A veteran ad industry analyst who became a legend in the industry as Madison Avenue’s first and best-known forecaster, with a career spanning six decades, has died. MediaPost reports that longtime Interpublic executive Robert J. Coen, described in the story as “Madison Avenue’s de facto bean counter for more than six decades,” died Nov. 18, 2016, at his home in West Orange, N.J. He was 93.
The report cites an obituary in The Star-Ledger.
“Coen, who officially retired as Interpublic’s director of forecasting in 2009, was known to still frequent the agency’s offices in recent years,” MediaPost reports. “Coen, who was Madison Avenue’s first and best-known industry forecaster, had a career spanning 12 presidencies, which actually preceded the formation of Interpublic. Coen joined McCann-Erickson in 1948, 13 years before its parent holding company Interpublic was incorporated.”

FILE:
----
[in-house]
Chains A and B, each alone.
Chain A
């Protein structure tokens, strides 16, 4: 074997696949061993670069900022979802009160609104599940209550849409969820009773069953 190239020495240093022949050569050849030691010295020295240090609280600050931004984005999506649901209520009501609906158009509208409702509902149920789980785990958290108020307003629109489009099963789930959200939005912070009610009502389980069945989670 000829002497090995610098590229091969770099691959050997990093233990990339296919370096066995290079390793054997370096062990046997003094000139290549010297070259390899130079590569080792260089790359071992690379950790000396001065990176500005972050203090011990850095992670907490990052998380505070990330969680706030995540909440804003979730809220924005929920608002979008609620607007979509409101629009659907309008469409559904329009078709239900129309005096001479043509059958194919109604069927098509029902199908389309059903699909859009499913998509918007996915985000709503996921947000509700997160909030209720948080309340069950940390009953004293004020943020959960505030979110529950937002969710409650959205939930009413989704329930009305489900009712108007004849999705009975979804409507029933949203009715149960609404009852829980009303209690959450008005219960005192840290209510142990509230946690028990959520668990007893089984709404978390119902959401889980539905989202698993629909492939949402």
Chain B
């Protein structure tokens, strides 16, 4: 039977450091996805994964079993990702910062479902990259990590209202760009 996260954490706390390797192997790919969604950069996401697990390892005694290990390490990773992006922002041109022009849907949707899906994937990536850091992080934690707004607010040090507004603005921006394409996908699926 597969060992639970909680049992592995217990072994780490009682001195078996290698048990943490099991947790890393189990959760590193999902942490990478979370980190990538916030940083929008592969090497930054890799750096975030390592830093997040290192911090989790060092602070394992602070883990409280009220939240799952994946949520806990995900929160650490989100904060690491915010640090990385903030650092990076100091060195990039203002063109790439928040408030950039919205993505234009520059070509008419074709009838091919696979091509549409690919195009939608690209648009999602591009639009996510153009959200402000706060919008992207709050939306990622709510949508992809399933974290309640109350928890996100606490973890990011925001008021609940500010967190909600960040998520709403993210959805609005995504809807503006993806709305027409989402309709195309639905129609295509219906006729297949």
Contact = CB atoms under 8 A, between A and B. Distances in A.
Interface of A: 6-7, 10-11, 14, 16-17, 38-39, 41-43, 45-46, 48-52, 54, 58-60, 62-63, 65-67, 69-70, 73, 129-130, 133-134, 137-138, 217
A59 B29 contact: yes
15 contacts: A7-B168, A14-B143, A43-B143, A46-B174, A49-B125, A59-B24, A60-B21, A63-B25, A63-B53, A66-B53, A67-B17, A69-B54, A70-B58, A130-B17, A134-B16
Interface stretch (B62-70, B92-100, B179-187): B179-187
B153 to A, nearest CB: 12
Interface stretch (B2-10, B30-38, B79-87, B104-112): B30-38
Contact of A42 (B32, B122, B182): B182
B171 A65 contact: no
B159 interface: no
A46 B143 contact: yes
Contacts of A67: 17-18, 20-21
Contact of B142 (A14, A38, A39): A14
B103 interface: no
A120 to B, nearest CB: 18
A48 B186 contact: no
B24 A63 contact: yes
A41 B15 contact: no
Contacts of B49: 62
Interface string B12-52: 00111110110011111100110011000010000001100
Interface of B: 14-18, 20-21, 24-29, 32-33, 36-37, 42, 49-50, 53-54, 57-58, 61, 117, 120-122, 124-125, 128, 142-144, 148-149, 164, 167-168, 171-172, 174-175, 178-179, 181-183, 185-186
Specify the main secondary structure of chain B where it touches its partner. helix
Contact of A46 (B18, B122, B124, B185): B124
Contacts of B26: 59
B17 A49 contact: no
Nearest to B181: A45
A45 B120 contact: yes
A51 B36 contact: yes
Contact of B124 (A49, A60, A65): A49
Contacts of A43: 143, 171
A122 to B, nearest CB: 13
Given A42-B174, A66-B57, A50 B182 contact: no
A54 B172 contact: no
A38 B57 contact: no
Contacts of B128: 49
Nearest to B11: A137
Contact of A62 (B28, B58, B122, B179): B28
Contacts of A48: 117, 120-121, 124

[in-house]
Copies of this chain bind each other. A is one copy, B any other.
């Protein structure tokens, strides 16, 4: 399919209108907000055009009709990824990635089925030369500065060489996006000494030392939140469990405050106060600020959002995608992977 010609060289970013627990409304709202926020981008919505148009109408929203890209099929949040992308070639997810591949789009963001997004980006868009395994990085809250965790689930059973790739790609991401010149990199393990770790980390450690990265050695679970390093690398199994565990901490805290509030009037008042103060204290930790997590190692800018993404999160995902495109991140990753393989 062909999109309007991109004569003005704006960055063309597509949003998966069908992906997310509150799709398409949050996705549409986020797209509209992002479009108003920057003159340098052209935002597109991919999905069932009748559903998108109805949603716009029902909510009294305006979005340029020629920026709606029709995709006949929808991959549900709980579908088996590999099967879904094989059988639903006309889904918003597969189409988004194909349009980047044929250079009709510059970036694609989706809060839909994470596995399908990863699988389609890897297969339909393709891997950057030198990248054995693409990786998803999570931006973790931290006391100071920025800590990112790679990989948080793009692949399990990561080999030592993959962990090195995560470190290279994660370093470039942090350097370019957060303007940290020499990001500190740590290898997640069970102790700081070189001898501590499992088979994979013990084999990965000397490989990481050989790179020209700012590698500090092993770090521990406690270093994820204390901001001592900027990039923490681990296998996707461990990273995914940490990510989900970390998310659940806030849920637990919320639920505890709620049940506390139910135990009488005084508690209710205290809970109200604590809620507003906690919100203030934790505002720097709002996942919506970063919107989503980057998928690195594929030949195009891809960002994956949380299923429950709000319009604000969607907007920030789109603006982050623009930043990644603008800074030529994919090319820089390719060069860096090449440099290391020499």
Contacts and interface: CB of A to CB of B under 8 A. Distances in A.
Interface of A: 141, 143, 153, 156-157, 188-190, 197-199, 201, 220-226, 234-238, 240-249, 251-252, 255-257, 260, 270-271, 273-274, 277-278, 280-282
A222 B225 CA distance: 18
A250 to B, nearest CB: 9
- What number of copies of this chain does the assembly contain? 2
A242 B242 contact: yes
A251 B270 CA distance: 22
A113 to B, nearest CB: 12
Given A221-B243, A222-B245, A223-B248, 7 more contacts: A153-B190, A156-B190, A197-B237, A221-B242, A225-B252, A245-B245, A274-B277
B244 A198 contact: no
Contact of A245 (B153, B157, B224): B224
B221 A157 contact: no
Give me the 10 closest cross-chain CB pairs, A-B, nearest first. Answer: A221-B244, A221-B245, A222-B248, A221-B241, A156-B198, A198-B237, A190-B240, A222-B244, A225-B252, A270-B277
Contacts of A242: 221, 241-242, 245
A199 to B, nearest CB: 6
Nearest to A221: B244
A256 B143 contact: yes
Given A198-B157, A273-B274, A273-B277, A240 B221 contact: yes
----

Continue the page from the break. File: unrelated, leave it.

MediaPost adds: “He became the industry’s first forecaster as part of McCann-Erickson’s longtime role studying the effects advertising had on the U.S. and the global economy. The agency has estimates on ad spending volume going back to 1776.”
In a statement, Philippe Krakowsky, Chairman of IPG Mediabrands, said: “Bob was a true pioneer, whose ad spending forecast was not only a first for our industry, but endures as an authoritative economic barometer to this day. Even though he was known as ‘Madison Avenue’s chief seer,’ Bob remained a soft-spoken and thoughtful presence. We extend our deepest condolences to Bob’s family, and our thanks for the 61 years he worked with IPG.”